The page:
People say there’s nothing new under the sun.
But considering the sun is eight hundred and sixty four thousand miles in diameter, if you can’t find something new under it, you’re not very creative.
And to be fair, sustaining originality of voice is no easy task. Especially over the long haul of a career. In fact, even some of the world’s most successful creators struggle with this issue.
In a recent interview with Rolling Stone, John Mayer admitted that the songwriters who really blew him away were the individuals like Jack Johnson, those who refused to be anybody else other than themselves. He said that those were the people who were winning through the years, and that if he had to do it over again, that’s exactly how he would have gone about it.
The question is, in a world where the major scale has only seven notes, what, exactly, are these musicians doing that’s so innovative and interesting and different? And how do they stay so original for so long?
Well, for starters, the notes are only the beginning. Even if you’re not a musician.
Whatever your medium is, the process of collecting, crafting and communicating your ideas isn’t just about content, it’s also about context.
Like my statistics professor used to joke, it’s not what the data says, it’s what the data points to.
And so, our job as prolific creators and communicators isn’t just to pick up ideas, but to pull them apart and point out how they represent a beautiful reminder of what could be. Not just to take pictures of interesting moments or found objects, but to ponder those experiences and wonder if they point to a more general principle. Not just to identify solutions, but to differentiate through our diagnosis of the problem. And not just to observe things, but to choreograph people’s attention to the thing behind the thing.
One method for doing so is through hyperfocused expression. Finding the small part of the world that you can touch and setting it free.
I’ll never forget when The New York Times wrote a fascinating profile piece about Jerry Seinfeld. When they spoke about his unequaled analytical gifts, the reporter claimed that the billionaire comedian could describe a bouncing ball in a way that changed the way people look at bouncing balls forever. That he was a master of arranging life’s messy confusions, shrewdly and immaculately, into a bouquet of trivial irritants.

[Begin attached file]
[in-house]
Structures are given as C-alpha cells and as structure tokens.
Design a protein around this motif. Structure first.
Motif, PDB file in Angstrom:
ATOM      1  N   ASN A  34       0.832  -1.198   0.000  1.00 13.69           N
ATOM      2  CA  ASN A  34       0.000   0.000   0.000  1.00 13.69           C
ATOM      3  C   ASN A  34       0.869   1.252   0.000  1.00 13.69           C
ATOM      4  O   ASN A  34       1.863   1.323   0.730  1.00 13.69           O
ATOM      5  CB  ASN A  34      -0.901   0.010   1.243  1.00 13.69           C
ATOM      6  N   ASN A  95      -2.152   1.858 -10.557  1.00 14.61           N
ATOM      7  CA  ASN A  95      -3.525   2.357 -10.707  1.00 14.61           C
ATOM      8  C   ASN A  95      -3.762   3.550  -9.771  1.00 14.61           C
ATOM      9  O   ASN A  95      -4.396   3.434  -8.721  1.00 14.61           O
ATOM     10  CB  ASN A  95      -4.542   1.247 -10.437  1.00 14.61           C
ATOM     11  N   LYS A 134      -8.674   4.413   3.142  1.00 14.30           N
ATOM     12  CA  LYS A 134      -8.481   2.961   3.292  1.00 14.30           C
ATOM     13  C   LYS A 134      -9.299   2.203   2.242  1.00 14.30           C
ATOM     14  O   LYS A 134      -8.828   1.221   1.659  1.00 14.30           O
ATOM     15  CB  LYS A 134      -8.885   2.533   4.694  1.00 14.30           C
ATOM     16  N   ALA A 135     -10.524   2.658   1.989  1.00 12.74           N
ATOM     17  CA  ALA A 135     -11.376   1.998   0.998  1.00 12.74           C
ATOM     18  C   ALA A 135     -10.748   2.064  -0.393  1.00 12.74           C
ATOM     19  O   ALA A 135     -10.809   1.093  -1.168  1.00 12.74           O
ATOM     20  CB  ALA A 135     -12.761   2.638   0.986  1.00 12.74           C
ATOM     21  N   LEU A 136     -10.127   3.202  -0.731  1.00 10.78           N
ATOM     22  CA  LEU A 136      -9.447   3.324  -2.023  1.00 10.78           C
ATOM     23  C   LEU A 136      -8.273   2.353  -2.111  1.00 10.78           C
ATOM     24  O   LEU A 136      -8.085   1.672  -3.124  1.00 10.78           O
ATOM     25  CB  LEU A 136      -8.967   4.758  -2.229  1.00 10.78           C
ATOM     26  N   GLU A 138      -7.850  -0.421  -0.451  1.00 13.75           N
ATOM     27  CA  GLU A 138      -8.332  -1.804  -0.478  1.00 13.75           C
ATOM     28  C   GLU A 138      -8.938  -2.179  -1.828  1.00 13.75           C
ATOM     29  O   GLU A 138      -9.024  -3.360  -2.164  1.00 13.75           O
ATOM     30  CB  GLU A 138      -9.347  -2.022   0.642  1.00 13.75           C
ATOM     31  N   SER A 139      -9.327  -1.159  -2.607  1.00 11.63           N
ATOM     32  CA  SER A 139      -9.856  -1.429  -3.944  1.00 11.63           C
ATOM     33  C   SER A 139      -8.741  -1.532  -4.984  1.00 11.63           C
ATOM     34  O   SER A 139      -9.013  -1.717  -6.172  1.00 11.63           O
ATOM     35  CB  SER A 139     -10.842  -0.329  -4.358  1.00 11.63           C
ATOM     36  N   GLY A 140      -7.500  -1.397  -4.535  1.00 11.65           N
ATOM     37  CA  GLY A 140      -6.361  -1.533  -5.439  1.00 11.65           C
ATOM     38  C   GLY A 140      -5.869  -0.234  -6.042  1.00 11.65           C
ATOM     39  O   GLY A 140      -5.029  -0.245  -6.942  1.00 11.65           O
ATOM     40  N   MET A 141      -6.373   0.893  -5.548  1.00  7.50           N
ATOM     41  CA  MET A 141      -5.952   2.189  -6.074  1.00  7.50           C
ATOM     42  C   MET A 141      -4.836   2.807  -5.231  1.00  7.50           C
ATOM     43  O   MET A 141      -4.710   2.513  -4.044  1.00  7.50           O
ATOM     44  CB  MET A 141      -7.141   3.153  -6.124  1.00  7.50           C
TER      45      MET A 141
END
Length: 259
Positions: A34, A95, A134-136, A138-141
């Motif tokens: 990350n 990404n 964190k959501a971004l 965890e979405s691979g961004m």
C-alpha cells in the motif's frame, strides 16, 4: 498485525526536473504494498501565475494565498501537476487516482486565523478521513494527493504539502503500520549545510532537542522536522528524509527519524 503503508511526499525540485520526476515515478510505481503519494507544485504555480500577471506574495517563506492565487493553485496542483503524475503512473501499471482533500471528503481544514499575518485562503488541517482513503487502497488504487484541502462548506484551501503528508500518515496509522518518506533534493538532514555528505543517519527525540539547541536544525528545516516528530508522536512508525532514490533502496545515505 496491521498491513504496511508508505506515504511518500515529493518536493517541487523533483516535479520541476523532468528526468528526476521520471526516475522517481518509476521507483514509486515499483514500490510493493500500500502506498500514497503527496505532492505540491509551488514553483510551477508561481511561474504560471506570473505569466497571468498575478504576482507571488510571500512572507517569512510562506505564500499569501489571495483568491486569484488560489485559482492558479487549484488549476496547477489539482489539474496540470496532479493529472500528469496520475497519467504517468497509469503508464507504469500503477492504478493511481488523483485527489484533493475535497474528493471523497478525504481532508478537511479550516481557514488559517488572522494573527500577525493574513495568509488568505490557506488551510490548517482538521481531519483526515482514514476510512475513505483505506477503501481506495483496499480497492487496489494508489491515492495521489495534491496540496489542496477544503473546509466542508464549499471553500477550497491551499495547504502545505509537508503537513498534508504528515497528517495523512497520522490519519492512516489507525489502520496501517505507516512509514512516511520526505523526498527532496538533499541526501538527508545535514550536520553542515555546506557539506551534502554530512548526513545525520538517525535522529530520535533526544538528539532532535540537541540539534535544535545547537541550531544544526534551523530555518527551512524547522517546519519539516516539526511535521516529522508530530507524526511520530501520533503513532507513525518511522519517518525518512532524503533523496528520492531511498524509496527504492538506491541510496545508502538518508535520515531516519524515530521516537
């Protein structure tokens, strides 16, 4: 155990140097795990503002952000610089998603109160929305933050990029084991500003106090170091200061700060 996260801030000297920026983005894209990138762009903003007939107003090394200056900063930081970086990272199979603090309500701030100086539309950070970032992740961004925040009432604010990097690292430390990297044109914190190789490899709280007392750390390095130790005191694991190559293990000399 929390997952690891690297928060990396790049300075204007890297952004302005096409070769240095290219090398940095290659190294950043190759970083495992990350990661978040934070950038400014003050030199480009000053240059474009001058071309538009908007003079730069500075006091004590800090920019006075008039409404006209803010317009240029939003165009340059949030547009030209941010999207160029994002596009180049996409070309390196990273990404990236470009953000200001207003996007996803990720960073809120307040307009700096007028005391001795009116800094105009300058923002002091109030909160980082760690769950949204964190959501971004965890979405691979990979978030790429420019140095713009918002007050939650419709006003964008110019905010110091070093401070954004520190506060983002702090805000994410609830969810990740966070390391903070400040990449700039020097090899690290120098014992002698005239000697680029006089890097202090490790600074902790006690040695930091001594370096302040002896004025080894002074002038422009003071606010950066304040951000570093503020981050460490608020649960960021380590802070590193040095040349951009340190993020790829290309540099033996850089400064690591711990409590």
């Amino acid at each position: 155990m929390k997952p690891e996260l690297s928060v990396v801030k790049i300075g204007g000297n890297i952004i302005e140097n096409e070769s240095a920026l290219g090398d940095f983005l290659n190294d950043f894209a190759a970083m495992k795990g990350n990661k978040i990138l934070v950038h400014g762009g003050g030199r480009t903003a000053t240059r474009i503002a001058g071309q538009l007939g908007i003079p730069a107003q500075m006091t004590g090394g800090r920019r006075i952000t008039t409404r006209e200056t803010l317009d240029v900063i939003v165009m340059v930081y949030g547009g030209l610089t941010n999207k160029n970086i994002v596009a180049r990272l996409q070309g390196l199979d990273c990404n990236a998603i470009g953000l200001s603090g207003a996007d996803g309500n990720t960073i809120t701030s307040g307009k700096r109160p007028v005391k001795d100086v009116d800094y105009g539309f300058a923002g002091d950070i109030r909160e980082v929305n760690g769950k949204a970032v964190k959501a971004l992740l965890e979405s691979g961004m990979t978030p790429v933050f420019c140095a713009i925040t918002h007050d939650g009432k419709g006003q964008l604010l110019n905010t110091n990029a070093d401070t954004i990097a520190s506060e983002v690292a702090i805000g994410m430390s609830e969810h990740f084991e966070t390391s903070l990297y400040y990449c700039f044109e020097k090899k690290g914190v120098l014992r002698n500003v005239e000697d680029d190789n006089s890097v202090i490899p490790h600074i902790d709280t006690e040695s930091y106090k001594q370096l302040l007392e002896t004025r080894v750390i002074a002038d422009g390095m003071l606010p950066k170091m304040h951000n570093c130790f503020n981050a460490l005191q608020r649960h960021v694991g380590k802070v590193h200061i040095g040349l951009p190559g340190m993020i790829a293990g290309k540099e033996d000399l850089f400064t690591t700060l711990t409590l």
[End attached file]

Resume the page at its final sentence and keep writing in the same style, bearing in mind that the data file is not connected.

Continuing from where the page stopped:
Who knew nothing could be the inspiration for everything?
For me, it’s the nametag.
Wearing one all day, everyday for the past fourteen years has been my passport to interestingness, my mechanism for making sense of my existence and the source against which I bounce everything I see. And as long as I’m wearing it and people are engaging around it, the nametag services as an endless source of material, a contextual reservoir that will never run dry.
And yet, nobody cares about nametags.
But I do. Probably more than anyone on the planet. In fact, caring is an understatement. Nametags are an obsession. A religion. An addiction. A pathological psychosis.
At least that’s what my therapist says.
Not sure what the source of your hyperfocused expression is?
Try the following exercise:
Everything I need to know, I learned from my ___________.
And so, whatever little world you investigate to a great, high level, is a surefire path to prolificacy. So don’t be afraid to mine that vein. People become successful because there’s something about this world that fascinates them and ignites them and they’ve spent years scratching that itch.
What’s interesting is, the word “context” derives from the term contextus, which literally means “to weave together.”
That’s where originality and prolificacy are born.
Whatever you’re creating, always take time to look for original facets and angles and refractions of light that create a context adjacent to the content.
And you’ll find there are plenty of new ideas under the sun.